'Cause I have trouble with plots.
Plot? I work on much more organic level.
As in, I can barely write. I don't think I've written a word of fiction for several months.
Plot plot plot. Plot. Climax! Plot.
Yeah, I got nothin'.
Okay, seriously now.
Let's start with a girl.
No, wait, a boy. Guy.
Has a brother, ahh, twenties? Maybe don't want to get too far away from my realm of experience, or too close to previous characters.
Okay, so there's a character. That isn't plot. I need to get him at least in a situation. Say he's on the lower social strata...and I just looked at my bookshelf and saw "Jonathan Strange and Mr. Norrell" so let's make him magical! I've never written magic before.
So that's not a plot, and might be too close to Rogue Agent Gerald Dunwoody. Maybe he stole it?
Call him Blake for now. Blake the anti-hero? Don't think I can make that work. Guess he's just a little confused with not-so-great friends who stole the magic and dumped it on him for safe keeping. Which will get him in trouble. Let's put him space! That's a bit much. Here we have a character and situation and impetus.
What happens next? Find out in November!
I have no imagination.
Oddly enough, asking for a new animal by combining three is a popular one in art classes. Or at least it was in the classes I remember. They didn't have to be pets, at least, but the idea was still to use real-life references with originality.
I hated that assignment.
The straight truth is that I don't have that kind of creativity. I've always preferred working with what's *there* already. I'm too practical for the fantastical and can't let go of "this wouldn't work"--the details just get me all tangled up.
But I do have a favorite tri-creature.
Diana Wynne Jones' book Dark Lord of Derkholm has griffins physically eagle and lion, but mentally the children of their *human* parents. (Their father is a magical cloner). So two of the children are human, but the rest (at first) are griffins of various colors and sizes and magical abilities.
Kit is my favorite. He's the first, the biggest, and the darkest. The book itself skews toward campy humor, and slightly satirical, and then it takes a darker turn--
I must like this style, I just realized its similarity in that way to the Rogue Agent series. --
Anyway, Kit is my favorite, but especially paired with his human brother, Blade. The two of them join up, with the rest of the family to help their father be the "Dark Lord" for a series of tours from a world like ours wherein the tourists pretend to be part of heroic groups. Of course, these themed battles really do destroy their world. And Kit and Blade learn magic (from a giant old dragon).
It's been so long since I read those two books. I need to read them again! I guess I don't dislike this prompt so much anymore.
I'm not sure I was a person until after high school.
So my advice would be: at least go out once. Talk to people on occasion. Read better books, because even though you read all the time already, no one takes you seriously unless you can quote random Latin literature. Make up is actually wonderful, and makes you feel pretty, as do clothes and shoes that at least fit. Cut your hair, it looks bedraggled and ridiculous. Smile more. Sneak into pictures on occasion: it's more flattering than sneaking out. Wear shorts and skirts more often, so at least you're equally freckled. No, I guess learning to drive earlier really wouldn't change anything. Apply to better schools, even if you can't afford to go. You can always wave the acceptance letter in naysayers faces.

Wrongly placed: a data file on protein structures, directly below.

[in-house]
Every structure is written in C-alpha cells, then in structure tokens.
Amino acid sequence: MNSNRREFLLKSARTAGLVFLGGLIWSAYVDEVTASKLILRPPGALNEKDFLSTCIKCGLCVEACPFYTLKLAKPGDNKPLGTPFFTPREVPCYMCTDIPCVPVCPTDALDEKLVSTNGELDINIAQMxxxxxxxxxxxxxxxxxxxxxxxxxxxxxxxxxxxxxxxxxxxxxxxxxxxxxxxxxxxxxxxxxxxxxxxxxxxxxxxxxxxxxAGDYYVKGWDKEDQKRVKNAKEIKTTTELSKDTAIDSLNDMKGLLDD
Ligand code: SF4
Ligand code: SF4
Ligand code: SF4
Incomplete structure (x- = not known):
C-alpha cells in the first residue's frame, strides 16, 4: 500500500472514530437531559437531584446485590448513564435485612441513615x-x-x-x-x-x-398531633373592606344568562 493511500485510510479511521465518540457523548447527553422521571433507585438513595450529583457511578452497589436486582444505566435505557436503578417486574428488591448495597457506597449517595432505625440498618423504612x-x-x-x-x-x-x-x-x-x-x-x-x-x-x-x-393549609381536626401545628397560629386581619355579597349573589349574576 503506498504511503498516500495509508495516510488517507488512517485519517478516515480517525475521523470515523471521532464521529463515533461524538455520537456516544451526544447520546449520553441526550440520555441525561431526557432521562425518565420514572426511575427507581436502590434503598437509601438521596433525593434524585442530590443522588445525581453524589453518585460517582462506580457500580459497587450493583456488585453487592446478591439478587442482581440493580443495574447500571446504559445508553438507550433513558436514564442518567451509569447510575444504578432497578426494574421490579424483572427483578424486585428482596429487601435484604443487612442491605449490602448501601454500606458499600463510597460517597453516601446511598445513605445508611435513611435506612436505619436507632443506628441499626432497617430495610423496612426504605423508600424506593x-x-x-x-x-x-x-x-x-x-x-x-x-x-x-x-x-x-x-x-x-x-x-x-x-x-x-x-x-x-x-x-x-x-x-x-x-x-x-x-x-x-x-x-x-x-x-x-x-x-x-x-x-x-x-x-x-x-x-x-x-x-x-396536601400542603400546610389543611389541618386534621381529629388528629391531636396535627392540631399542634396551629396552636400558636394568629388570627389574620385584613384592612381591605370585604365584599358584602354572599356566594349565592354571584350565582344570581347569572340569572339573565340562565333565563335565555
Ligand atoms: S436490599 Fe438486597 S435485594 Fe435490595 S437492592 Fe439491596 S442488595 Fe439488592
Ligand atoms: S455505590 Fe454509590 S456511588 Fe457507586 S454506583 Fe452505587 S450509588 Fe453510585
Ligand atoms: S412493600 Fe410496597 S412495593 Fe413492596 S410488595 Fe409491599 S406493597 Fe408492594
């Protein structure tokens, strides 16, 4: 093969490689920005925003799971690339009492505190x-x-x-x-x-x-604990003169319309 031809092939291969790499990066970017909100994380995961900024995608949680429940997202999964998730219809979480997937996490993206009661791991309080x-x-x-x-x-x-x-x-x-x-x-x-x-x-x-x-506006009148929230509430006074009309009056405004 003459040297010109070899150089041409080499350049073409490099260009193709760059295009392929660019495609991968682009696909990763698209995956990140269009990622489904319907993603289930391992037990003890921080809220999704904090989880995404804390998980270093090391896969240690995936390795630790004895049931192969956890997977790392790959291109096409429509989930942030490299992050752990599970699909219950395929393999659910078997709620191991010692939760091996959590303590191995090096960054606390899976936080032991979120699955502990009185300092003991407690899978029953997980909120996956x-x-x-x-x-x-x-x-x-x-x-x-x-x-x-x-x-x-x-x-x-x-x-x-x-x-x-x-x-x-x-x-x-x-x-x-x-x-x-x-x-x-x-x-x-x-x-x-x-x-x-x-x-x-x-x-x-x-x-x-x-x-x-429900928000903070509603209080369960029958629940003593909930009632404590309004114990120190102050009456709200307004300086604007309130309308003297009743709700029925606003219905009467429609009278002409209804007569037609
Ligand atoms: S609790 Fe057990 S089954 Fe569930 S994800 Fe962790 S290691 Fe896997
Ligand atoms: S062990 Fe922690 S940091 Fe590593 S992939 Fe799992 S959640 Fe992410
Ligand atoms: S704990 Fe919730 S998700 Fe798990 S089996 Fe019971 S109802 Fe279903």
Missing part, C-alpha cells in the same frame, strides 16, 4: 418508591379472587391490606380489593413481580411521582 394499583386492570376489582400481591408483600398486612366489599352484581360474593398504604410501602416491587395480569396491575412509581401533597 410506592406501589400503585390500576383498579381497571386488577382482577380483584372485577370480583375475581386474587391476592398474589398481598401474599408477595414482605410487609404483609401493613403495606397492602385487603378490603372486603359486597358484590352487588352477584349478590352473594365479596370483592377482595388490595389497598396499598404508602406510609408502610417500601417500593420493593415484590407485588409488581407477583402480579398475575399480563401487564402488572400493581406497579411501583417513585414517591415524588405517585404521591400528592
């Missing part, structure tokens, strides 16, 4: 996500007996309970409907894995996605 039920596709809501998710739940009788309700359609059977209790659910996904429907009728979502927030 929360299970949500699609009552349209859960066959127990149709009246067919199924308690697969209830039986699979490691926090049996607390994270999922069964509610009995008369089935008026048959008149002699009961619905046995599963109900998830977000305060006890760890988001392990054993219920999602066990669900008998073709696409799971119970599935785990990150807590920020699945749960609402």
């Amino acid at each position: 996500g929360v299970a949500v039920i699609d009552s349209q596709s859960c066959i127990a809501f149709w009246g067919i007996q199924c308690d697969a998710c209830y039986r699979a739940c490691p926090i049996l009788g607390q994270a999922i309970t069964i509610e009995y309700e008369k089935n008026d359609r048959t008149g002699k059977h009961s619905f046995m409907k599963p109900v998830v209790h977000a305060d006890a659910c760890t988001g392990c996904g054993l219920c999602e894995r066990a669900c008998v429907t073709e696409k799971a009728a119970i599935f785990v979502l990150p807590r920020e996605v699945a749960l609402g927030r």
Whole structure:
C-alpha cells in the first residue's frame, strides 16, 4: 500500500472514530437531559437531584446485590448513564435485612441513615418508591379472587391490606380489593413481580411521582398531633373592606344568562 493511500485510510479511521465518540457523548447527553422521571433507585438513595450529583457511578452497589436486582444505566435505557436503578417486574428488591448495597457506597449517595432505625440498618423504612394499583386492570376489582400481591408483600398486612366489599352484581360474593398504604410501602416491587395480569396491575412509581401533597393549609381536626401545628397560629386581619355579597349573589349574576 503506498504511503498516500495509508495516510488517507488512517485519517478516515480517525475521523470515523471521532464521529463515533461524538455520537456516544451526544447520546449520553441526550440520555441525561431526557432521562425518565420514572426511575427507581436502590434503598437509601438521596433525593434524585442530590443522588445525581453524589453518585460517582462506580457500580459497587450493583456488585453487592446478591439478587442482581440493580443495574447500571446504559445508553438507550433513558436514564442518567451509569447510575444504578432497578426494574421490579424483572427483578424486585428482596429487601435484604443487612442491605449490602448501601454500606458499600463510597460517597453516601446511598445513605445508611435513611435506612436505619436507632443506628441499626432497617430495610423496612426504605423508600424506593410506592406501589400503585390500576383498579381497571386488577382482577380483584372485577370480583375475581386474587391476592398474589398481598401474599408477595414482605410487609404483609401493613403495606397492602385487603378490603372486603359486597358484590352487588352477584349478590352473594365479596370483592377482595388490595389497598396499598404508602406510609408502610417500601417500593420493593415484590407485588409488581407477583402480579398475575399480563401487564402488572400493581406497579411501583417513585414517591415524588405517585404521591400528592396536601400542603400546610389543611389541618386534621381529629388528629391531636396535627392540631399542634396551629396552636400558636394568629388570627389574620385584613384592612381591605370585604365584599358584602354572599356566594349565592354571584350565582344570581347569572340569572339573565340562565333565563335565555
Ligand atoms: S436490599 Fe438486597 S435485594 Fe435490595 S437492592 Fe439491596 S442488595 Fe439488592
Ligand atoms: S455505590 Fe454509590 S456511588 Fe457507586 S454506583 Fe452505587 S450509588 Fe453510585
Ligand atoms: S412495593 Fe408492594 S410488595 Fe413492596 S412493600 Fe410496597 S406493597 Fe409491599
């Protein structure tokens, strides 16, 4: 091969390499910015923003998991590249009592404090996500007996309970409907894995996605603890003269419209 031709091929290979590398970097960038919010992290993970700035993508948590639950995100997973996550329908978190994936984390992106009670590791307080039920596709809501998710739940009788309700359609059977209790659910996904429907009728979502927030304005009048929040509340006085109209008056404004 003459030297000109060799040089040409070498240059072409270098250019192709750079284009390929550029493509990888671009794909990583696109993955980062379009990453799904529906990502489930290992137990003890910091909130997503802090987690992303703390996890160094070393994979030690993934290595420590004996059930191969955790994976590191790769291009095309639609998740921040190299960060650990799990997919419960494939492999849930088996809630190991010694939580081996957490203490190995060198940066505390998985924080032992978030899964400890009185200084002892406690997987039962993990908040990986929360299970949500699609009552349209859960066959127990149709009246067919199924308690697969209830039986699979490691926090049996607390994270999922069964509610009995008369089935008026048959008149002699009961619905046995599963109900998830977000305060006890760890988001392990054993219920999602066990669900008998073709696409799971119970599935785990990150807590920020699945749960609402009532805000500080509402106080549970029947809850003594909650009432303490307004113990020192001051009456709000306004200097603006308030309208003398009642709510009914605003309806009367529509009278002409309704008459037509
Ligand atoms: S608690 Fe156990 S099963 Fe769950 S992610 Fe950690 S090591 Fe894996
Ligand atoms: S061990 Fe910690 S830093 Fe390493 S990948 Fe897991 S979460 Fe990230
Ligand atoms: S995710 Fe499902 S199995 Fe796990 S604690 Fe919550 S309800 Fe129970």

Are you kidding? I wouldn't say any of that!
Well, maybe I should have talked more with my friends. At least gone hiking more often, up in the local mountains of which there were many. Gotten lost near A's house, up in the hills. And also, the smiling and wearing make up was good.
But, remember that time with A, when we went up past the pond that we used to visit when we were younger and still caught frogs and lizards? Only it was summer this time and almost completely dry, so we went exploring. Those old gnarled posts of juniper wood with strings of barbed wire weren't of enough of a deterrent when it's late afternoon and we were completely bored. And we walked past the rusting truck, although maybe you should have dared to go nearer, and then you might remember more than it was orange.
Her cat ran lightly alongside.
At least we didn't stop. Even we came across the bleached bones of some poor cow and could only regret that it wasn't the skull. Wasn't it a pelvis? The grey-green sagebrush wasn't too dense for walking, and we came up across that hill. After that, wow, we could see so far--the Warners dropped along the horizon looking even less looming since we were so high. It was a little scary then, because we turned around and it was sunset, and we didn't know where we were.